Exploiting ASP.NET ViewState Misconfigurations for Remote Code Execution
This post explores how an ASP.NET project incorrectly disclosing its web.config containing static keys allows for remote code execution. The common cases for exploiting this vulnerability would be if the web application has published it’s static machine keys to GitHub, such as with the example project for this post (https://github.com/ozajay0207/EGVC) or if the application has a local file inclusion vulnerability that allows the attacker to obtain a copy of the static keys from the web.config file.
In order to keep track of different sessions, ASP.NET applications use a ViewState that contains serialized application defined data. Due to the nature of serialization, if the user can control and create a valid ViewState, then they can use a deserialization attack to achieve remote code execution on the host.
In order to mitigate this potential attack ASP.NET applications can perform HMAC signing of the ViewState to verify the authenticity of the object. Another option is using encryption with a secret key to prevent reading or modification of its contents. Keeping these keys secret is paramount in preventing ViewState deserialization attacks and remote code execution.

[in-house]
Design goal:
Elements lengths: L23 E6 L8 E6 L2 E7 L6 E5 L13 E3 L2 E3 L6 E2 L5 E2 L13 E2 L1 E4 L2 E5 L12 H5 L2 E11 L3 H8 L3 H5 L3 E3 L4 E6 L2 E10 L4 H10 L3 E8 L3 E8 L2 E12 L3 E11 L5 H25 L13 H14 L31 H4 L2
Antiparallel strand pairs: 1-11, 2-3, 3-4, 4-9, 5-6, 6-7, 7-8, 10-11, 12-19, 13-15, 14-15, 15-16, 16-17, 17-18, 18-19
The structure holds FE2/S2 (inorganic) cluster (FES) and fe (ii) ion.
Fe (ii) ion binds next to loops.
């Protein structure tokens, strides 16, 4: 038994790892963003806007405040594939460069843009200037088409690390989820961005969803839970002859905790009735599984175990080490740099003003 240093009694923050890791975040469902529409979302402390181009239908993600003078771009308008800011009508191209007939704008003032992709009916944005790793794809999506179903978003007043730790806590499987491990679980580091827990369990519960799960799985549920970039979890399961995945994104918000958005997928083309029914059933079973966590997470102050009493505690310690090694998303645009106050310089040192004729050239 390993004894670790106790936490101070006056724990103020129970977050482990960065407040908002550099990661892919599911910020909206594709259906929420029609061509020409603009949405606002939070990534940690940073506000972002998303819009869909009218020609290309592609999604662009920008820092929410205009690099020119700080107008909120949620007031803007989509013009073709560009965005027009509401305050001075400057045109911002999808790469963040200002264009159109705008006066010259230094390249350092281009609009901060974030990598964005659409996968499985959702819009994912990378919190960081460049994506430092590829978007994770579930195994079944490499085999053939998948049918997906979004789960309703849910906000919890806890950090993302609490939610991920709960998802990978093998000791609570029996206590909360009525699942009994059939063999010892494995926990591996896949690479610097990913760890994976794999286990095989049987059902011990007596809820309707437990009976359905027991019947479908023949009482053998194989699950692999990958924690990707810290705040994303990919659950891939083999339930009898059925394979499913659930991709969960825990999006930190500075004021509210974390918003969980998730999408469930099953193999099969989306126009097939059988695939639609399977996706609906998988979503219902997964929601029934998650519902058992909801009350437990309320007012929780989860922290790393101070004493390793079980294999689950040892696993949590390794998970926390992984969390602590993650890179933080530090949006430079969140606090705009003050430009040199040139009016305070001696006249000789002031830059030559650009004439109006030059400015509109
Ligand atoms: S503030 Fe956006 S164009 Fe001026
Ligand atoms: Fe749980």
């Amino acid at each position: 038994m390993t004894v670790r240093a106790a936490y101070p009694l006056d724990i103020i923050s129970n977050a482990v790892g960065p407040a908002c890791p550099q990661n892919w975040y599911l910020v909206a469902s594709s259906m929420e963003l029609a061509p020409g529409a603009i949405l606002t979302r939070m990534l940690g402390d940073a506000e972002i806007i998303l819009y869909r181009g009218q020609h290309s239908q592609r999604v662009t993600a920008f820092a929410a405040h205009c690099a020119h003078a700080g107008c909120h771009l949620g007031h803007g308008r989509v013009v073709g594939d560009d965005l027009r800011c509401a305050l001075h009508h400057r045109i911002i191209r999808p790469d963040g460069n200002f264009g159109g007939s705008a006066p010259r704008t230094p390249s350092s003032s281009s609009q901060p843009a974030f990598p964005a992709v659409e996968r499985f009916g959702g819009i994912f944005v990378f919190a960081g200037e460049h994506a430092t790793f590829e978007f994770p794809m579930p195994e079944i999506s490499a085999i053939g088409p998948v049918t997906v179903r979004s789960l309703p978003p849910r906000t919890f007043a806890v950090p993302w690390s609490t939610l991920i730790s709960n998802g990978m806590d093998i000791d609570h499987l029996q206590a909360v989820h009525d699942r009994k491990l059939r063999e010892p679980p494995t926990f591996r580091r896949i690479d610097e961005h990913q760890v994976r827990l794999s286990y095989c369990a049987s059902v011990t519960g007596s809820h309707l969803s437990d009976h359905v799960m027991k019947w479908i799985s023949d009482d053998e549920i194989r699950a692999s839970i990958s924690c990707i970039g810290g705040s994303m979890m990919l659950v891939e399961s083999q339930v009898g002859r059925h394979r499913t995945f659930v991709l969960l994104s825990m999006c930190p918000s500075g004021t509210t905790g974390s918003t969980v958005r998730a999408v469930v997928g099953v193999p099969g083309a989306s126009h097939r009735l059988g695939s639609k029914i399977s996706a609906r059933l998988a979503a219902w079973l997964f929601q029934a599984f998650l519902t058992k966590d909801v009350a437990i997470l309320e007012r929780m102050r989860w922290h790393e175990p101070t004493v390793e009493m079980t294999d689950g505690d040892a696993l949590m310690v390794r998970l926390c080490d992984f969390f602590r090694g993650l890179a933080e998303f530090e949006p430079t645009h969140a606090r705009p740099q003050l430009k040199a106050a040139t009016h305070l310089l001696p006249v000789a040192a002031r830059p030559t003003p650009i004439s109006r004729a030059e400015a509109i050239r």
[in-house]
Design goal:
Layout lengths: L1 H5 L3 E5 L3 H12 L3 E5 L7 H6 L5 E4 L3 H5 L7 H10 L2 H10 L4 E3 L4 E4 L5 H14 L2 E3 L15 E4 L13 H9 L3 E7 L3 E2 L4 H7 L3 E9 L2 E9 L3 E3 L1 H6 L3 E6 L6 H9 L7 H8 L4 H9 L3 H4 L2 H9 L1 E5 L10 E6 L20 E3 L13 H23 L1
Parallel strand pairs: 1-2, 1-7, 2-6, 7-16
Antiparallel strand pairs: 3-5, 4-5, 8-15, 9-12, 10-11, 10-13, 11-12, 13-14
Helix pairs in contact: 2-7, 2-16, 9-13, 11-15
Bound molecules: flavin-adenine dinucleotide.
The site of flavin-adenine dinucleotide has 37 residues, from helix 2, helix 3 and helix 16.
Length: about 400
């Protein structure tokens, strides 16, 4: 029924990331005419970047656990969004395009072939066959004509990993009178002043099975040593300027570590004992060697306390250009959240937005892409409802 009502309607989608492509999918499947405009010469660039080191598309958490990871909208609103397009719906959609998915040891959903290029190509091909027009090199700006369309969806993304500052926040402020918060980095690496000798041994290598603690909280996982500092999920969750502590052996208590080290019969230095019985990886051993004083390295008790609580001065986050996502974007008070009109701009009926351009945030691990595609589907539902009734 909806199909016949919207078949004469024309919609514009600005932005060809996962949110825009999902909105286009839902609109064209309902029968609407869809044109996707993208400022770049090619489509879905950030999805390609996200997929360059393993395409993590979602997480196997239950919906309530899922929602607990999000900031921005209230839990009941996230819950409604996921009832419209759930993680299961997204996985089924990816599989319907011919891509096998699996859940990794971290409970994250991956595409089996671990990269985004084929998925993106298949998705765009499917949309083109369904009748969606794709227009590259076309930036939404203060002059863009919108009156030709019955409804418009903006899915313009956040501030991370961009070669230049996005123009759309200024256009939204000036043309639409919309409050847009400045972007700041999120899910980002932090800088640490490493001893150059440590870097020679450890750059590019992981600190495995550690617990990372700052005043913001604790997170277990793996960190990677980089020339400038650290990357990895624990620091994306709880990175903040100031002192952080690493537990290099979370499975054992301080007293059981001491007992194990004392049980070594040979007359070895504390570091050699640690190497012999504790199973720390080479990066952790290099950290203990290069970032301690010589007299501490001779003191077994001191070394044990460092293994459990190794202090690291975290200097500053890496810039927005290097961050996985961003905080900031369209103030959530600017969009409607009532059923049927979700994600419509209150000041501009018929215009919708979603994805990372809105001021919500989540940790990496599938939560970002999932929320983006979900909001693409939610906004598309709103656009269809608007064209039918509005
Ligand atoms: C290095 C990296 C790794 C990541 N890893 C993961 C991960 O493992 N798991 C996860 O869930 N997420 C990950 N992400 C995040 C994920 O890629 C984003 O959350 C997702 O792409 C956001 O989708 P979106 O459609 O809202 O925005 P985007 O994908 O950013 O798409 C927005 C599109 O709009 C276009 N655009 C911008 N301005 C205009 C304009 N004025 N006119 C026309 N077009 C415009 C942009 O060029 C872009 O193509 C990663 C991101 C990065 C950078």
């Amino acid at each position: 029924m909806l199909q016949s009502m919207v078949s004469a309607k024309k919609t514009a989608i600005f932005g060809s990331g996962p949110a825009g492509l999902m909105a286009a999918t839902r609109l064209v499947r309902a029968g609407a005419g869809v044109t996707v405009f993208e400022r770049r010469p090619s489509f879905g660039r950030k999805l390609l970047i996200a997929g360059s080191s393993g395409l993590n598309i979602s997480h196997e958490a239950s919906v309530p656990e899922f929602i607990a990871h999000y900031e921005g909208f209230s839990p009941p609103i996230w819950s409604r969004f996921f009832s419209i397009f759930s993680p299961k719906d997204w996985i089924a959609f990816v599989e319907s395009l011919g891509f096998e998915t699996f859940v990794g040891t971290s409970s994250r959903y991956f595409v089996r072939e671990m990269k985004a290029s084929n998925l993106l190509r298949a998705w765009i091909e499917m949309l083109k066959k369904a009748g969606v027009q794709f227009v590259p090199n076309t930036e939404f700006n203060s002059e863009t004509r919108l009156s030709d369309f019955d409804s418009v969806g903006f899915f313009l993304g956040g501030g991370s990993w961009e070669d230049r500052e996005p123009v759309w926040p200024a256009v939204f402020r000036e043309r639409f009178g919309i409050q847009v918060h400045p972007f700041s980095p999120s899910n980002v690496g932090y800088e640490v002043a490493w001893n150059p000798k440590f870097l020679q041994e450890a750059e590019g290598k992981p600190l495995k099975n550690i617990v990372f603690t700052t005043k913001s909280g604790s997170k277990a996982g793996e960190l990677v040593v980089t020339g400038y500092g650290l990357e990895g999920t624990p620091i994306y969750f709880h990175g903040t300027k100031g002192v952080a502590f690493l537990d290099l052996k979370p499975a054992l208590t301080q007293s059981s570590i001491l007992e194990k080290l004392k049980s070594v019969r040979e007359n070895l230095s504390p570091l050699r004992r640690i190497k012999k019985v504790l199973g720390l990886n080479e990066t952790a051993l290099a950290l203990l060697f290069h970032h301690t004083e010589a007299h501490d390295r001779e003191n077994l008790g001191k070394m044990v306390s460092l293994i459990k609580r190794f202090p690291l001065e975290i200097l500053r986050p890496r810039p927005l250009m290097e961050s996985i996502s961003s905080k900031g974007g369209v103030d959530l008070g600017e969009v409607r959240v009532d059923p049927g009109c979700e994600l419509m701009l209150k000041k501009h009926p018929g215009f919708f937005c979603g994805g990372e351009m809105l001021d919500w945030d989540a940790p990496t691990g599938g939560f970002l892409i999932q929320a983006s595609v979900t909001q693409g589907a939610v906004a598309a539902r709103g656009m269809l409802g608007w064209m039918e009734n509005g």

These mitigations rely on each application utilising uniquely generated validation and decryption keys, which is not always the case. Recently, CVE-2020-688 exposed Microsoft for including static validation and decryption keys in the Microsoft Exchange Server’s control panel. The same keys were generated once and shared among every exchange installation allowing anyone with a copy of the server to recover and misuse these key values.
To demonstrate this attack, a proof of concept will be performed for a public GitHub project that contained this vulnerability. Figure 1 is the web.config from the chosen project and contains two security issues. Firstly, the validation and decryption key are hard coded and secondly, the ViewState encryption mode has been disabled.
To perform the attack the default packet HTTP POST from the registration form was captured into BurpSuite, and the __VIEWSTATE variable was replaced with the malicious ViewState generated by ysoserial.net. Once the request is sent to the server the PowerShell command is executed, and a corresponding GET request is made to our controlled endpoint.